Uncharted: Drake’s Fortune PS3 Review
To many, the PS3 may not be host to a huge amount of exclusive gaming gems, although with the likes of Metal Gear Solid 4, Resistance: Fall of Man, Heavenly Sword, Everybody’s Golf World Tour, Buzz Quiz TV, Valkyria Chronicles and LittleBigPlanet (not forgetting the likes of Super Stardust, Pixel Junk Monsters, and WipEout HD on the PSN), it still boasts a decent amount of shiny gems. I also recently discovered Uncharted: Drake’s Fortune, another Sony exclusive that makes the system worthy of attention.
Nathan Drake, treasure hunter and the sarcastic protagonist of the game, believes himself to be a direct descendant of the Elizabethan era’s English hero, Sir Francis Drake. Following his real life death in 1595, Sir Francis’ coffin was cast away at sea, and in the game, thanks to some helpful coordinates engraved on a ring, Nathan Drake recovers this coffin. Inside the coffin is not the fleshless bones of the popular historical figure, but a mere diary with clues to the whereabouts of El Dorado. Nathan, accompanied by his friend Victor Sullivan (Sully to his mates) and potential love interest Elena Fisher, set out towards a forgotten island in the middle of the Pacific Ocean in search of the secrets of the city of gold. The story is witty and the characters are charismatic, helped somewhat by not only the excellent voice work but also by the stunning motion capture.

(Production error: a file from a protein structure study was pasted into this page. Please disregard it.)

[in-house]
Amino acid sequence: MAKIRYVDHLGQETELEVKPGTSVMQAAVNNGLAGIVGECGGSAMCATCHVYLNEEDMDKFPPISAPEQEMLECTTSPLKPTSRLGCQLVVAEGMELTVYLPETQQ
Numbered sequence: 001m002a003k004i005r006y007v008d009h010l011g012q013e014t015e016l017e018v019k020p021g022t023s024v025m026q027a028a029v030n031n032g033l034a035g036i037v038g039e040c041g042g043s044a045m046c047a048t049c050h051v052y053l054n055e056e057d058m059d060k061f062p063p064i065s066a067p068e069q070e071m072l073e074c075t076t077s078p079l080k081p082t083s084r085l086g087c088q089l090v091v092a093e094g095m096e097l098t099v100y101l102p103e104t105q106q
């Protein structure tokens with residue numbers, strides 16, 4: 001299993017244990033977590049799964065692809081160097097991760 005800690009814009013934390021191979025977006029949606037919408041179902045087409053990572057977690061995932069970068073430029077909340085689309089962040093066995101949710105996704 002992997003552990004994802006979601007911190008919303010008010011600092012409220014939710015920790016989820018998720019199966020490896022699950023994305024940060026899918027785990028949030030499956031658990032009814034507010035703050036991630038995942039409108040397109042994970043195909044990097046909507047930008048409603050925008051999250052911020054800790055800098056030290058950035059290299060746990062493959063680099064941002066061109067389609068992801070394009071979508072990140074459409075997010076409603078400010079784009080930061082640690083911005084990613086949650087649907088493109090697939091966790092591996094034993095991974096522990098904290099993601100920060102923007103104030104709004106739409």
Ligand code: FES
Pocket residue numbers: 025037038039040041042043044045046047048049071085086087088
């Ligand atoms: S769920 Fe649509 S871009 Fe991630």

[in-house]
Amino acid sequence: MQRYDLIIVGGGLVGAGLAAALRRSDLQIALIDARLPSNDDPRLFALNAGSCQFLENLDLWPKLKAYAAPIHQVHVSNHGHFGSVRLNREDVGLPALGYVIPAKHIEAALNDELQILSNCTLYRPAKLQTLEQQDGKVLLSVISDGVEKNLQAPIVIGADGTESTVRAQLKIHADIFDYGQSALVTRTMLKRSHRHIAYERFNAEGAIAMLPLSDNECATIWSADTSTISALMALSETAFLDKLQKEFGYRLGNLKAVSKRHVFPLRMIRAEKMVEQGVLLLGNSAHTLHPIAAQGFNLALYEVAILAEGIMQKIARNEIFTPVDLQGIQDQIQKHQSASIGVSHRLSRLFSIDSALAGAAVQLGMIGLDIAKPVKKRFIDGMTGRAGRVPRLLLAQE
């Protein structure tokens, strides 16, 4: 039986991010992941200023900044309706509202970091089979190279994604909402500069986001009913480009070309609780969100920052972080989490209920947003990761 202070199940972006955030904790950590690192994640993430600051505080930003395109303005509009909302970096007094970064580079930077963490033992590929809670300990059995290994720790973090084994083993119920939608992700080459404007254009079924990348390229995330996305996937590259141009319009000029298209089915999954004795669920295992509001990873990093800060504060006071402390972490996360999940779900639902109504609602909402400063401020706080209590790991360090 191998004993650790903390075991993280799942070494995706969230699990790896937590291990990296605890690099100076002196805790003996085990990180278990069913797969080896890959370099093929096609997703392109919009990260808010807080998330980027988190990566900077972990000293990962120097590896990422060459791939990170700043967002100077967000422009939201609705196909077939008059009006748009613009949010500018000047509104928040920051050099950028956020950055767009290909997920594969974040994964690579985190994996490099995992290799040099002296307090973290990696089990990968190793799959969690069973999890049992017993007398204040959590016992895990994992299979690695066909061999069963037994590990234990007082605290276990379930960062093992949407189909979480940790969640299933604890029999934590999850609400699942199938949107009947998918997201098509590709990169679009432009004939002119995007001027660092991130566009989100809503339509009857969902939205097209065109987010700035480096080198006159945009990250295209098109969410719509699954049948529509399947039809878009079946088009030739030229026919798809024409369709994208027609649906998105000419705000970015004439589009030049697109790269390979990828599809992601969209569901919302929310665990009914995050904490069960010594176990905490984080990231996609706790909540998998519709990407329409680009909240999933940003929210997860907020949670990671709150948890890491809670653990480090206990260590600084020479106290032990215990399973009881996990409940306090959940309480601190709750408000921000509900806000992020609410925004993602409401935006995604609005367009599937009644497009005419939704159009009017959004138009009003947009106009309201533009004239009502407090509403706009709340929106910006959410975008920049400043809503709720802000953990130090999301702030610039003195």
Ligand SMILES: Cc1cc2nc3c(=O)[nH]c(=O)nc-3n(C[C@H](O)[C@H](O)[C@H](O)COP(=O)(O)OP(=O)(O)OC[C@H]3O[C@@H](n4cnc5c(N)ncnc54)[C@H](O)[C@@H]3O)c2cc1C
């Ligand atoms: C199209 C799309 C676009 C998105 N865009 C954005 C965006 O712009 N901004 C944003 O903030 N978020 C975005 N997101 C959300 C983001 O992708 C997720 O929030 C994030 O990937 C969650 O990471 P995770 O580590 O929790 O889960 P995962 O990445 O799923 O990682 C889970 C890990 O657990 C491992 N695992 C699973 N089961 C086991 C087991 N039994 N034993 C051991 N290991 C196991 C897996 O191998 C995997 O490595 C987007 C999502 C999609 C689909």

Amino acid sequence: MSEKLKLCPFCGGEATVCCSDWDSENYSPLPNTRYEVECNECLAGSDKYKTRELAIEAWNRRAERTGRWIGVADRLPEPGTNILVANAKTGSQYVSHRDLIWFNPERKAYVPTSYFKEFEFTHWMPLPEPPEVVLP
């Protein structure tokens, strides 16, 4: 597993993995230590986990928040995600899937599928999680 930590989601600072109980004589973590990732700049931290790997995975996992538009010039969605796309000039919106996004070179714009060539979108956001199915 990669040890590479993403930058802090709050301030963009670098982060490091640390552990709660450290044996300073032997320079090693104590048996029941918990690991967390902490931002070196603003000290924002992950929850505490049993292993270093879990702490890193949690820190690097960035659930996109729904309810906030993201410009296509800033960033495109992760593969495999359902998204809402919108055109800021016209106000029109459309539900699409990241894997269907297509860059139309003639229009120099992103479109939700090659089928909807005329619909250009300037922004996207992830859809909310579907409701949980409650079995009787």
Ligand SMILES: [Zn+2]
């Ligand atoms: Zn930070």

The entire game feels as if money has been well spent in the areas that matter most. The visuals are still some of the best to be found and really show off the powerful innards of Sony’s third console, and all this without the entire machine melting in front of your eyes. The animations of both hero and enemy are as silky smooth as you could possibly find on a game today, enemies stumble when shot and jump back to avoid gunfire, although, fittingly enough, it’s Nathan himself who is the real star. This modern day treasure hunters animations are beautifully fluid, everthing from his running, his brutal hand-to-hand moves, and his deadly leaping about makes for a fantastically organic experience, it all transitions very smoothly as well, making the game such a delight to play. The sunny jungle environments are also very nice and after taking a dip in the water, soggy clothes look as convincing as soggy clothes (surely you didn‘t expect me to say a soggy teabag?).
To best describe Uncharted would to say it’s a little like Tomb Raider, although it’s definitely more Marcus Fenix than it is Lara Croft. Like Gears of War, the focus of the game is definitely keeping your head down and your gun loaded, making use of cover and popping out and returning fire at your smart, constantly moving enemies.
The cover system is more basic than Gears of War as you can’t point and advance to forward cover, although you can still roll from cover to cover and jump over it and move forward that way, whilst blind fire is also an option if you feel the need to sit tight in your current position (when lead is flying everywhere it comes as an easy recommendation).